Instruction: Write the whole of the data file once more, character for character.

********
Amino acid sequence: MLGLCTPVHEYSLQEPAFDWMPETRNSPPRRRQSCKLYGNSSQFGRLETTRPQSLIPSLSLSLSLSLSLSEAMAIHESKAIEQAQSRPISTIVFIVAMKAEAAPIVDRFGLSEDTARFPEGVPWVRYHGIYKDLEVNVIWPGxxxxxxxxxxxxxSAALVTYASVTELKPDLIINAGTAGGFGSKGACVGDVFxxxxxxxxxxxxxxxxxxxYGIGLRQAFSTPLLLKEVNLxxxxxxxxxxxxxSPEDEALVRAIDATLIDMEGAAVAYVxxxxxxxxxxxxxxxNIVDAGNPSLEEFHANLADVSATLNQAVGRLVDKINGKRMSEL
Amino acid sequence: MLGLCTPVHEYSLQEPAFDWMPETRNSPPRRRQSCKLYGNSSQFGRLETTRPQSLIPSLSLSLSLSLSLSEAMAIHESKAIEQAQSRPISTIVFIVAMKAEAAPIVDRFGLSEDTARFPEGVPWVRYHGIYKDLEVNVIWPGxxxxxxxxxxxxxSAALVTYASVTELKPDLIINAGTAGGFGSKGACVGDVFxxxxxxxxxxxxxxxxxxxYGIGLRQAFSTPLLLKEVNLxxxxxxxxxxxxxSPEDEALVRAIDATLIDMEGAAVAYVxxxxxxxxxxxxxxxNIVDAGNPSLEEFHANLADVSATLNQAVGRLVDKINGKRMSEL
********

Amino acid sequence: MLGLCTPVHEYSLQEPAFDWMPETRNSPPRRRQSCKLYGNSSQFGRLETTRPQSLIPSLSLSLSLSLSLSEAMAIHESKAIEQAQSRPISTIVFIVAMKAEAAPIVDRFGLSEDTARFPEGVPWVRYHGIYKDLEVNVIWPGxxxxxxxxxxxxxSAALVTYASVTELKPDLIINAGTAGGFGSKGACVGDVFxxxxxxxxxxxxxxxxxxxYGIGLRQAFSTPLLLKEVNLxxxxxxxxxxxxxSPEDEALVRAIDATLIDMEGAAVAYVxxxxxxxxxxxxxxxNIVDAGNPSLEEFHANLADVSATLNQAVGRLVDKINGKRMSEL
Amino acid sequence: MLGLCTPVHEYSLQEPAFDWMPETRNSPPRRRQSCKLYGNSSQFGRLETTRPQSLIPSLSLSLSLSLSLSEAMAIHESKAIEQAQSRPISTIVFIVAMKAEAAPIVDRFGLSEDTARFPEGVPWVRYHGIYKDLEVNVIWPGxxxxxxxxxxxxxSAALVTYASVTELKPDLIINAGTAGGFGSKGACVGDVFxxxxxxxxxxxxxxxxxxxYGIGLRQAFSTPLLLKEVNLxxxxxxxxxxxxxSPEDEALVRAIDATLIDMEGAAVAYVxxxxxxxxxxxxxxxNIVDAGNPSLEEFHANLADVSATLNQAVGRLVDKINGKRMSEL